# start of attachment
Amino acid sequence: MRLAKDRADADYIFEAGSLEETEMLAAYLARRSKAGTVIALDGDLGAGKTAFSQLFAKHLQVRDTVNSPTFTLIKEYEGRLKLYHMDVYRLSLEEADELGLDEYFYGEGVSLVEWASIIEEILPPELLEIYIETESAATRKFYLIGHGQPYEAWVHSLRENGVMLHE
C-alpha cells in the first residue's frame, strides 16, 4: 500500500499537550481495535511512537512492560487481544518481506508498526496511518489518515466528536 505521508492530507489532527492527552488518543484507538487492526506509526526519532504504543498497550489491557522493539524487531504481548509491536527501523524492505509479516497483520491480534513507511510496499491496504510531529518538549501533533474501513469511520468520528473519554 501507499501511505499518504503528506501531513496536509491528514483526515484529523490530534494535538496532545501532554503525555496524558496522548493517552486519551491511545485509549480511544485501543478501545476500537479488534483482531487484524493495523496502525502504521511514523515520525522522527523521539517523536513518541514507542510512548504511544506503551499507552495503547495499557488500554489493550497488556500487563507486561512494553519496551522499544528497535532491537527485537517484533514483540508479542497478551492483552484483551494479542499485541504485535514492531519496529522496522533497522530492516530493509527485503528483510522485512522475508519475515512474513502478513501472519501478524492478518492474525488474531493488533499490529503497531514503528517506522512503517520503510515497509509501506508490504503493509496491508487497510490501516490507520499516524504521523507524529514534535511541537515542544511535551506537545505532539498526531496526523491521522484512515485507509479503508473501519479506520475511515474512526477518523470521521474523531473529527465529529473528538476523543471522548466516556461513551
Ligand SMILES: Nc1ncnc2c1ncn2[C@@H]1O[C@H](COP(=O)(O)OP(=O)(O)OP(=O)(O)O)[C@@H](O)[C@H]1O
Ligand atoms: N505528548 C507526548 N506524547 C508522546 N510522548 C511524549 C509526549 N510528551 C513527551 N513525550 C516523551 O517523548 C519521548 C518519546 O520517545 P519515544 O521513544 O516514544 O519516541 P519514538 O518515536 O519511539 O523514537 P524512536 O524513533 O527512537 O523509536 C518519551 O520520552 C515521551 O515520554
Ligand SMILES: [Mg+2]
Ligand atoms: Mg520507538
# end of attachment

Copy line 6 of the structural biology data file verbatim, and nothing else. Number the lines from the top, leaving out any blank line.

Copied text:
Ligand atoms: Mg520507538